Greenhouse Gases from Friction Losses
Operando studies of interfacial tribochemistry and microstructure in sliding metal-metal contacts will be performed using sub-micron X-ray beams at ID31 and ID11 with PDF, SAXS and XRD detection. The research is aligned with technology development for reducing friction losses in engines. Almost 25% of the world’s energy is expended to overcome friction1 and 14% of greenhouse gases (GHGs) come from transportation2. While passenger vehicle emissions will decline through electrification, the shipping sector will continue to use Internal combustion engines (ICEs). Without new emission control technologies, it will account for 17% of global CO2 emissions by 20503.
Currently there are no analytical techniques providing information on the relevant structural dynamics and tribochemistry under the extreme conditions in reciprocating sliding contacts. Using sub-micron X-ray beams to probe the sliding boundary layer (thickness ~100 nm) multiscale analysis will be performed, determining molecular (PDF, XRD), mesoscopic (SAXS, high resolution imaging) and macroscopic (imaging, tomography) structure and composition, and relate them to friction reduction under confinement, pressure and shear. With complementary surface and interface analysis in the laboratory this work would instantly propel the student to the forefront of international tribology research, opening up routes to both an academic and an industrial research career.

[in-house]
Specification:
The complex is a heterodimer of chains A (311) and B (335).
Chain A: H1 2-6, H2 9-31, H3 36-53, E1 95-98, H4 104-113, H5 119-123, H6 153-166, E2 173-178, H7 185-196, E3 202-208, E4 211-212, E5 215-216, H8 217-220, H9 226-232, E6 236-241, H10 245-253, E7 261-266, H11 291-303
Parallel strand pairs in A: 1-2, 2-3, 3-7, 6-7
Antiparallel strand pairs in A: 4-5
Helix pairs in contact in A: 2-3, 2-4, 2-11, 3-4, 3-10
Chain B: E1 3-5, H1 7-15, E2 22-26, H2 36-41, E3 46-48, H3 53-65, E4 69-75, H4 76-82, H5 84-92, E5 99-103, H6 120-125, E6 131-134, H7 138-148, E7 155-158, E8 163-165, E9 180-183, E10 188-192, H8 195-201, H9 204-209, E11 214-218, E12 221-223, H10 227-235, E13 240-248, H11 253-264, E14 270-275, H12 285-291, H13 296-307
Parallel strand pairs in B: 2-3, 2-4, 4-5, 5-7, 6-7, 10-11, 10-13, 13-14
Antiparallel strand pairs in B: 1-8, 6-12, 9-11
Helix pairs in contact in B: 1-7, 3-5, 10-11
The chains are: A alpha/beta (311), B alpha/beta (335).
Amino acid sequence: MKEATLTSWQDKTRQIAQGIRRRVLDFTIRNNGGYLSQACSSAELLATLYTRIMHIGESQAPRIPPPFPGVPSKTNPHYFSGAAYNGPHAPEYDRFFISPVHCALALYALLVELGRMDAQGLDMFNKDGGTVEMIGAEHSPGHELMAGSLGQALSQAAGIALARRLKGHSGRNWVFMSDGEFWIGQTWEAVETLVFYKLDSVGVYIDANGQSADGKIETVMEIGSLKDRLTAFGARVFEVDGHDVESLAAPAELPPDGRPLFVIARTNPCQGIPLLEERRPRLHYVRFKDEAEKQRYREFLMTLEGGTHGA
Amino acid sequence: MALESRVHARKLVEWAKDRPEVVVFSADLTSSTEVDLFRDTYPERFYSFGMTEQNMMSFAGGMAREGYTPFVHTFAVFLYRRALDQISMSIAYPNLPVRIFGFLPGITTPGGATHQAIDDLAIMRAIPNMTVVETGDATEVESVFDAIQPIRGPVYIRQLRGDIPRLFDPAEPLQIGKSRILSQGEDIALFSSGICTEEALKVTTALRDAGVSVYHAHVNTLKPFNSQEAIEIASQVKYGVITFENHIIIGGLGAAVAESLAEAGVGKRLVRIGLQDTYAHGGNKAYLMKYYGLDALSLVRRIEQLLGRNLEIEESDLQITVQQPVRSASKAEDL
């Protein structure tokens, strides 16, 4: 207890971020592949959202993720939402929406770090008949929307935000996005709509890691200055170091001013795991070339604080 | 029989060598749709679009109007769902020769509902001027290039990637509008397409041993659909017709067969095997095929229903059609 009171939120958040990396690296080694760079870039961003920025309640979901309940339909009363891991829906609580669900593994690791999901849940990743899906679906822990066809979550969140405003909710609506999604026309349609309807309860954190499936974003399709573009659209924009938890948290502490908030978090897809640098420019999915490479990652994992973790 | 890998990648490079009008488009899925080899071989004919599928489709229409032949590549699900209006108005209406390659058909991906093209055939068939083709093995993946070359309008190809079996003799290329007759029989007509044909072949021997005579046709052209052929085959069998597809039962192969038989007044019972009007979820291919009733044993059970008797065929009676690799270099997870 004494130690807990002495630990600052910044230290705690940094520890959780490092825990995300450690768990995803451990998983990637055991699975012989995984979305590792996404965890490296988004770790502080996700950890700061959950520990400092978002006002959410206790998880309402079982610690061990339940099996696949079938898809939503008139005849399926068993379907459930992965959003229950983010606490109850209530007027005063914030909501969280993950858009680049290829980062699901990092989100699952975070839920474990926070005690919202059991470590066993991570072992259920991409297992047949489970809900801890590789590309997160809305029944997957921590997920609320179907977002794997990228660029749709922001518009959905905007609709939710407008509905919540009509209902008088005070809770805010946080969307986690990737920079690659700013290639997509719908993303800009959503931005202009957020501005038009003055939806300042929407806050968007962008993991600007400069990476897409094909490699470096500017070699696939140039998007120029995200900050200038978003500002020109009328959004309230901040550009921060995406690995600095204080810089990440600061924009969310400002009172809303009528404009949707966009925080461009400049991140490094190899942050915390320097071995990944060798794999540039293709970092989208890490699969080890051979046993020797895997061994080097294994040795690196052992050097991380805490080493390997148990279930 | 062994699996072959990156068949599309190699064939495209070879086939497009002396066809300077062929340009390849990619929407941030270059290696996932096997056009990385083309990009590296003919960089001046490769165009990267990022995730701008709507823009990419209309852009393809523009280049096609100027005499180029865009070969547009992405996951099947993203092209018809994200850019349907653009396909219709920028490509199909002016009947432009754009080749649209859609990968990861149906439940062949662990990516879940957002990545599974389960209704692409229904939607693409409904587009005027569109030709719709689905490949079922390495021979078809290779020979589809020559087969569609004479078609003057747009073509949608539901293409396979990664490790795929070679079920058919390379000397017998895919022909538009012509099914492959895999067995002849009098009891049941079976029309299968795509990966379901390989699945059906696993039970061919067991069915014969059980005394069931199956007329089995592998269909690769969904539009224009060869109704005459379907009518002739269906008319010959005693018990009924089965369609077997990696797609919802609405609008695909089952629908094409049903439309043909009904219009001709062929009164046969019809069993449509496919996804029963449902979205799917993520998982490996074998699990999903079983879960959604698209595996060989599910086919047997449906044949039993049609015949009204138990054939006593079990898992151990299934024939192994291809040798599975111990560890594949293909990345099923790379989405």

University of Leeds